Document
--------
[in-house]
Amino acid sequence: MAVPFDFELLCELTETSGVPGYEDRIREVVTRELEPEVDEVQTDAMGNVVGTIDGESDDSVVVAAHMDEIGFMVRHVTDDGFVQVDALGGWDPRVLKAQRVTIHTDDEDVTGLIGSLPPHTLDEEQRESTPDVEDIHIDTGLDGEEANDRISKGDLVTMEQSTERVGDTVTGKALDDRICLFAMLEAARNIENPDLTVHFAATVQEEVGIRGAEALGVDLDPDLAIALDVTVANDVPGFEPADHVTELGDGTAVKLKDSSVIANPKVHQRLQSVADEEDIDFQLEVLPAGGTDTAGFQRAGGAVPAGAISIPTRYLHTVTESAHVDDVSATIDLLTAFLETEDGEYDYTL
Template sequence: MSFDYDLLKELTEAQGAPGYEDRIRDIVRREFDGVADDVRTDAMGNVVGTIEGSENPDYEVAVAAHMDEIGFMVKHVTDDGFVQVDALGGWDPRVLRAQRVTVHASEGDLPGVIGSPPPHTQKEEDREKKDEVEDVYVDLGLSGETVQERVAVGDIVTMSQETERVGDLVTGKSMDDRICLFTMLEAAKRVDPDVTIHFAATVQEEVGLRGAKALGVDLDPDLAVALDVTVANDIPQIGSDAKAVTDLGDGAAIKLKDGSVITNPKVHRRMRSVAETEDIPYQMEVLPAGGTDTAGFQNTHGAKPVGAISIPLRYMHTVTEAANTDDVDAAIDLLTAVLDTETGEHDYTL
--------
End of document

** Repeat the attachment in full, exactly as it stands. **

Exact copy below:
[in-house]
Amino acid sequence: MAVPFDFELLCELTETSGVPGYEDRIREVVTRELEPEVDEVQTDAMGNVVGTIDGESDDSVVVAAHMDEIGFMVRHVTDDGFVQVDALGGWDPRVLKAQRVTIHTDDEDVTGLIGSLPPHTLDEEQRESTPDVEDIHIDTGLDGEEANDRISKGDLVTMEQSTERVGDTVTGKALDDRICLFAMLEAARNIENPDLTVHFAATVQEEVGIRGAEALGVDLDPDLAIALDVTVANDVPGFEPADHVTELGDGTAVKLKDSSVIANPKVHQRLQSVADEEDIDFQLEVLPAGGTDTAGFQRAGGAVPAGAISIPTRYLHTVTESAHVDDVSATIDLLTAFLETEDGEYDYTL
Template sequence: MSFDYDLLKELTEAQGAPGYEDRIRDIVRREFDGVADDVRTDAMGNVVGTIEGSENPDYEVAVAAHMDEIGFMVKHVTDDGFVQVDALGGWDPRVLRAQRVTVHASEGDLPGVIGSPPPHTQKEEDREKKDEVEDVYVDLGLSGETVQERVAVGDIVTMSQETERVGDLVTGKSMDDRICLFTMLEAAKRVDPDVTIHFAATVQEEVGLRGAKALGVDLDPDLAVALDVTVANDIPQIGSDAKAVTDLGDGAAIKLKDGSVITNPKVHRRMRSVAETEDIPYQMEVLPAGGTDTAGFQNTHGAKPVGAISIPLRYMHTVTEAANTDDVDAAIDLLTAVLDTETGEHDYTL